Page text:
From June 23 to 24th our scouts from Troop 329 set off on a 10 mile hike at the Northshore of Oahu up the Peacock Flats trail. Every scout packed necessary personal equipment to hike and camp 1 day and 1 night on the mountain. Such pieces of equipment were things like a first aid kit, 2 liters of water, clothes, food, a sleeping bag/pad, and a compass. Other necessities such as tents and extra water were driven up the mountain by truck.
All of the scouts met at Kapunahala Elementary School at 7 am to carpool to the hike entrance. Once they arrived at the entrance the Troop’s Senior Patrol Leader took a head count of the scouts participating (23) and embarked on the hike at 9 am. A few of the Scoutmasters participated in hiking the trail as well. The trail which was taken was wide and paved with gravel, so it was easy to follow. For the first half mile the trail was level to the ground. But, the next 4.5 miles were steep all the way up. After about 1 mile, the scouts stopped to take a snack/water break. A couple of them were already tired. Nevertheless, they all continued onward passing multiple hikers and bikers while taking a couple more breaks on the way up. When they all reached the top at 12 pm some of the scouts were exhausted while others still had quite a lot of energy. One scout said “The best thing about the hike was testing my endurance to see of I could survive the hike.” Gladly, he did survive.
Each of the scouts then proceeded for about half an hour setting up their tents for the night. There were about 2-4 boys assigned to sleep in each tent. Once the scouts finished setting up tents and putting away their personals, they were able to eat their lunches, which were packed in MREs. Some were cold, some hot, and others weren’t so tasty. For the rest of the day the scouts did multiple activities that included: hiking again find strawberry guava sticks and shaving them to make tripods, learning knife safety, and practicing skills for the Totin’ Chip. From these acivities another scout said, “I learned that bringing a pocket knife could be useful not only in Boy Scouts, but for many things.”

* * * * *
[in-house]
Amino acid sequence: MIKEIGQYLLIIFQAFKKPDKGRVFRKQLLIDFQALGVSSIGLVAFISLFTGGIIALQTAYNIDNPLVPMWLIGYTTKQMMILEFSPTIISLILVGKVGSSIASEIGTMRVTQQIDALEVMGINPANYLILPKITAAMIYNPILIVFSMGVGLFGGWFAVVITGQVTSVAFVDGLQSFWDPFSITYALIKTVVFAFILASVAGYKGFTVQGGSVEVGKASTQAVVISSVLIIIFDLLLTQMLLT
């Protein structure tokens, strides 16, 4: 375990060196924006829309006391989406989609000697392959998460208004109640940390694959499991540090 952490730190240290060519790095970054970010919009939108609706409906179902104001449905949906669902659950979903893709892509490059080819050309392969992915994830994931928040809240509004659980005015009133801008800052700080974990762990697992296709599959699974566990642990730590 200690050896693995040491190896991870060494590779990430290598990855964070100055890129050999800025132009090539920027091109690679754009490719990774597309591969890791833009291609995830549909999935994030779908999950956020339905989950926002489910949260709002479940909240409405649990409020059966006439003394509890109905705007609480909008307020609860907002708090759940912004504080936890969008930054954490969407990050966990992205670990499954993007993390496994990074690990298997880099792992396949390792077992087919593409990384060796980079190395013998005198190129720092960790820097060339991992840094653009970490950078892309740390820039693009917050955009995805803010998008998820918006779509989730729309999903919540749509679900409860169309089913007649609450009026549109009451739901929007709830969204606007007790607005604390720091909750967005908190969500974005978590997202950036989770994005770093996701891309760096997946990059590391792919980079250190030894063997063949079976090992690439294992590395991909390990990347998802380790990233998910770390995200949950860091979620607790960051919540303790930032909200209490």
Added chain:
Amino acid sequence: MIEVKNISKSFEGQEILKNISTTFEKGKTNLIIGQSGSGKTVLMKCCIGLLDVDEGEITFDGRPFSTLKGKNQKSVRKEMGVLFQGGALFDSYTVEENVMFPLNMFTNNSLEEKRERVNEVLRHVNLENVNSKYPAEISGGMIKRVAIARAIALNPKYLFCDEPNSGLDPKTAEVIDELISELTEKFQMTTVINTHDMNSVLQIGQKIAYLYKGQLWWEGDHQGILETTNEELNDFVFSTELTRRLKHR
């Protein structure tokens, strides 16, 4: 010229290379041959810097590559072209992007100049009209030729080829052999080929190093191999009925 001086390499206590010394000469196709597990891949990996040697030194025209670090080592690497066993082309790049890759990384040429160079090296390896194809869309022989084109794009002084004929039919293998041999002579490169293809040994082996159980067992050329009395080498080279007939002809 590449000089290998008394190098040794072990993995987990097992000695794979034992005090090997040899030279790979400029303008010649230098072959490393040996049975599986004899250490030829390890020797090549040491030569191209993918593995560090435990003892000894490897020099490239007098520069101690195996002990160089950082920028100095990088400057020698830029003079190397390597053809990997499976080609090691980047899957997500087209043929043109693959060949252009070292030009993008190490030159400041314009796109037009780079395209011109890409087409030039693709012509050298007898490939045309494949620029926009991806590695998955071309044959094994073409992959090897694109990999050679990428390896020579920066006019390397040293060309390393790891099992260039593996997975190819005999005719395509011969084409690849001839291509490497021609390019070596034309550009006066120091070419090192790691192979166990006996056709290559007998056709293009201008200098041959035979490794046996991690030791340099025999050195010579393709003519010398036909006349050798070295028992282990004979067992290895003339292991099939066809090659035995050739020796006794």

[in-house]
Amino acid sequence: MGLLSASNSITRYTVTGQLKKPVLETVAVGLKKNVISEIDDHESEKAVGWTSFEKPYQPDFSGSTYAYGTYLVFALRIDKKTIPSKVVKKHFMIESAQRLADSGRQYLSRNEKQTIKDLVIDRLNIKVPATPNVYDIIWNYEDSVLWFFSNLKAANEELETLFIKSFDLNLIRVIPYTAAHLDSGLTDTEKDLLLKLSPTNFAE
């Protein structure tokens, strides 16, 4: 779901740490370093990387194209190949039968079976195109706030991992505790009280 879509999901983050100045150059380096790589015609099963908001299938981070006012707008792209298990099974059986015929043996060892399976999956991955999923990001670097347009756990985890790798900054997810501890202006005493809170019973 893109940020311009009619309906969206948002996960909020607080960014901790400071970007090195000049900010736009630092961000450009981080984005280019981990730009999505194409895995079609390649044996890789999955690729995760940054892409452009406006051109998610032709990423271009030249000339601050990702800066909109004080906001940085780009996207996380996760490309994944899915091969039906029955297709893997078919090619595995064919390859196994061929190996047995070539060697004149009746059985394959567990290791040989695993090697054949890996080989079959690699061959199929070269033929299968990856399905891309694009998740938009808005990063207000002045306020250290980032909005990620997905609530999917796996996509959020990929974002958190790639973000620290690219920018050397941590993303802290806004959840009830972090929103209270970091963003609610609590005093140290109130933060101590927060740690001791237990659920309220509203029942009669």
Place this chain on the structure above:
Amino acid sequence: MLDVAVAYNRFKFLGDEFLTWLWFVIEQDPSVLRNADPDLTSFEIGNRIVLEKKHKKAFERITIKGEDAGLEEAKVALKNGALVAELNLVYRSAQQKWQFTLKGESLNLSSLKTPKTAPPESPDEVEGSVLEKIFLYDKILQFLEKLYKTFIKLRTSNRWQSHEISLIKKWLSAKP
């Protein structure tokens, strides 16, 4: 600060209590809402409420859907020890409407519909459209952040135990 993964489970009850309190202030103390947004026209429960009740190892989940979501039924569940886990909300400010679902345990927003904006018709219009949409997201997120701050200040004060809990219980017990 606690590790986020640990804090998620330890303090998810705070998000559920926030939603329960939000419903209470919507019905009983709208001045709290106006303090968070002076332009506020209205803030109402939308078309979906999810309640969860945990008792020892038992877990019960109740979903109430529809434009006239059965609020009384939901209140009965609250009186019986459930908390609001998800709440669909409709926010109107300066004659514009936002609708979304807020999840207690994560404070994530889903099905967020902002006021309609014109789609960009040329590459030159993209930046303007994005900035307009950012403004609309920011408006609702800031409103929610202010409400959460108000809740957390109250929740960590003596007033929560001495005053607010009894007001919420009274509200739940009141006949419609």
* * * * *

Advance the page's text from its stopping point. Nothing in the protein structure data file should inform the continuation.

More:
Later in the evening the scouts made and ate dinner using freeze dried dinner packs and hot water boiled from portable propane heaters. Afterwards, the boys performed multiple skits and songs in separate patrols. They performed classic skits and new ones that made everyone laugh and enjoy themselves. When the program finished, the scouts played card games and proceeded to sleep in their tents at 10 pm. Oh, and before they went to sleep, they took showers by wiping themselves down with baby wipes and paper towels. There was no accessible water to take showers with on the mountain.
In the morning everyone woke up at 6am and ate breakfast. For breakfast the scouts ate granola cereal in powdered milk. Once breakfast had finished, they were all assigned to take down the tents, pack all their personal belongings, and get ready to hike back down the mountain. ”I could have packed my bag better by adding less things” said the other scout, “and I could’ve gotten better shoes”.
As everyone hiked down the mountain the air was fairly cool, but, as time progressed onward it got warmer as they hiked down. It also started to rain, forcing the scouts to put ponchos on. The rain didn’t last for long though, as the scouts hiked down the hill. Again, the trucks that brought up the equipment came down the mountain and passed the scouts.
When everyone reached the end, pretty much all of the scouts were exhausted due to it being very hot and close to noon. A third scout said, “The best part of the the hike was reaching the end when going both up and down because it was a confidence booster knowing that I was able to make it.” The scouts then enjoyed doughnuts and drinks that some parents had brought for the boys. At about 12 pm everyone left and drove back to Kaneohe with the boys, taking a long well-deserved nap.
Reflecting from the hike, other scouts said that they enjoyed working with each other learning new skills and what to expect on future hikes and camps. But most importantly, learning from their mistakes helped them to be better prepared.